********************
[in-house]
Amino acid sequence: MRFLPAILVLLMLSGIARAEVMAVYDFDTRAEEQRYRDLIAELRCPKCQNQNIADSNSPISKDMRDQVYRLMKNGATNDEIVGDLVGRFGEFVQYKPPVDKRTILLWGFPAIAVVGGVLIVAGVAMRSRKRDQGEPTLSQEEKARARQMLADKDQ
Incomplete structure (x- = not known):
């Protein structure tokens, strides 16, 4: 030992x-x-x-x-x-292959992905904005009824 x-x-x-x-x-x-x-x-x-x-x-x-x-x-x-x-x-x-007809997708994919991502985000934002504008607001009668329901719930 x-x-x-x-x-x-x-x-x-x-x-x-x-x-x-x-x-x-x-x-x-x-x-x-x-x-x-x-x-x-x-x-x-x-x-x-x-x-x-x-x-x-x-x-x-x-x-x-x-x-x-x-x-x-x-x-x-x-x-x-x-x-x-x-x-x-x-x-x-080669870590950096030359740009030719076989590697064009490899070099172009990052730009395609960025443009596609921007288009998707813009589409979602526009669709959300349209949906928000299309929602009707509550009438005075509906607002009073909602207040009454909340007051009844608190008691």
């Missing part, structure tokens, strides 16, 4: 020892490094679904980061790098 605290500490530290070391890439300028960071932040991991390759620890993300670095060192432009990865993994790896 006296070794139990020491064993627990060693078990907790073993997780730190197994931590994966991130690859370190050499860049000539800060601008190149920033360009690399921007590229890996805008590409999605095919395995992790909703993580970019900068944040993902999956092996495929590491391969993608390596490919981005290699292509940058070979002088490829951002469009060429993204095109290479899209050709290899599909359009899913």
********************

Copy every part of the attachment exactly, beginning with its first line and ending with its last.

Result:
[in-house]
Amino acid sequence: MRFLPAILVLLMLSGIARAEVMAVYDFDTRAEEQRYRDLIAELRCPKCQNQNIADSNSPISKDMRDQVYRLMKNGATNDEIVGDLVGRFGEFVQYKPPVDKRTILLWGFPAIAVVGGVLIVAGVAMRSRKRDQGEPTLSQEEKARARQMLADKDQ
Incomplete structure (x- = not known):
């Protein structure tokens, strides 16, 4: 030992x-x-x-x-x-292959992905904005009824 x-x-x-x-x-x-x-x-x-x-x-x-x-x-x-x-x-x-007809997708994919991502985000934002504008607001009668329901719930 x-x-x-x-x-x-x-x-x-x-x-x-x-x-x-x-x-x-x-x-x-x-x-x-x-x-x-x-x-x-x-x-x-x-x-x-x-x-x-x-x-x-x-x-x-x-x-x-x-x-x-x-x-x-x-x-x-x-x-x-x-x-x-x-x-x-x-x-x-080669870590950096030359740009030719076989590697064009490899070099172009990052730009395609960025443009596609921007288009998707813009589409979602526009669709959300349209949906928000299309929602009707509550009438005075509906607002009073909602207040009454909340007051009844608190008691």
């Missing part, structure tokens, strides 16, 4: 020892490094679904980061790098 605290500490530290070391890439300028960071932040991991390759620890993300670095060192432009990865993994790896 006296070794139990020491064993627990060693078990907790073993997780730190197994931590994966991130690859370190050499860049000539800060601008190149920033360009690399921007590229890996805008590409999605095919395995992790909703993580970019900068944040993902999956092996495929590491391969993608390596490919981005290699292509940058070979002088490829951002469009060429993204095109290479899209050709290899599909359009899913």